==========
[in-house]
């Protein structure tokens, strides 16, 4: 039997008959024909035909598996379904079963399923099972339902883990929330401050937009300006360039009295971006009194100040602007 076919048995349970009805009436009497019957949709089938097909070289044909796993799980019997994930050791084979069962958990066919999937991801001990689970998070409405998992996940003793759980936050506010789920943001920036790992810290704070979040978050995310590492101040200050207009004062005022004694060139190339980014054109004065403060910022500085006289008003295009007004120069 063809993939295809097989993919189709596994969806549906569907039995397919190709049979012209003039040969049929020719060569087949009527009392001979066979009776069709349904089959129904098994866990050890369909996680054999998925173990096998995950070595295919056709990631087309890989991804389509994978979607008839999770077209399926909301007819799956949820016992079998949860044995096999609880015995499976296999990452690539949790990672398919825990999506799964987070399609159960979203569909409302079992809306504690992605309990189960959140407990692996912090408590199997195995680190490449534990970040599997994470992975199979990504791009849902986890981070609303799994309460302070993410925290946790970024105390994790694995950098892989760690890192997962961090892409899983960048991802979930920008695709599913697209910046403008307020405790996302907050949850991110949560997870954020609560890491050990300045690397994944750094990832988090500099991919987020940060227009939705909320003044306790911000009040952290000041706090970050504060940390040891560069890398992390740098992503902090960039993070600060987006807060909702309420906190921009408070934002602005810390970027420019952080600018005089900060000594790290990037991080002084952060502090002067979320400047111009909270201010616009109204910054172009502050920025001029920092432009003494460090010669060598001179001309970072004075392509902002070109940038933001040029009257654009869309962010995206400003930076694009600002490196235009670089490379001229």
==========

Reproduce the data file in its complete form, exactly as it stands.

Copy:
[in-house]
């Protein structure tokens, strides 16, 4: 039997008959024909035909598996379904079963399923099972339902883990929330401050937009300006360039009295971006009194100040602007 076919048995349970009805009436009497019957949709089938097909070289044909796993799980019997994930050791084979069962958990066919999937991801001990689970998070409405998992996940003793759980936050506010789920943001920036790992810290704070979040978050995310590492101040200050207009004062005022004694060139190339980014054109004065403060910022500085006289008003295009007004120069 063809993939295809097989993919189709596994969806549906569907039995397919190709049979012209003039040969049929020719060569087949009527009392001979066979009776069709349904089959129904098994866990050890369909996680054999998925173990096998995950070595295919056709990631087309890989991804389509994978979607008839999770077209399926909301007819799956949820016992079998949860044995096999609880015995499976296999990452690539949790990672398919825990999506799964987070399609159960979203569909409302079992809306504690992605309990189960959140407990692996912090408590199997195995680190490449534990970040599997994470992975199979990504791009849902986890981070609303799994309460302070993410925290946790970024105390994790694995950098892989760690890192997962961090892409899983960048991802979930920008695709599913697209910046403008307020405790996302907050949850991110949560997870954020609560890491050990300045690397994944750094990832988090500099991919987020940060227009939705909320003044306790911000009040952290000041706090970050504060940390040891560069890398992390740098992503902090960039993070600060987006807060909702309420906190921009408070934002602005810390970027420019952080600018005089900060000594790290990037991080002084952060502090002067979320400047111009909270201010616009109204910054172009502050920025001029920092432009003494460090010669060598001179001309970072004075392509902002070109940038933001040029009257654009869309962010995206400003930076694009600002490196235009670089490379001229």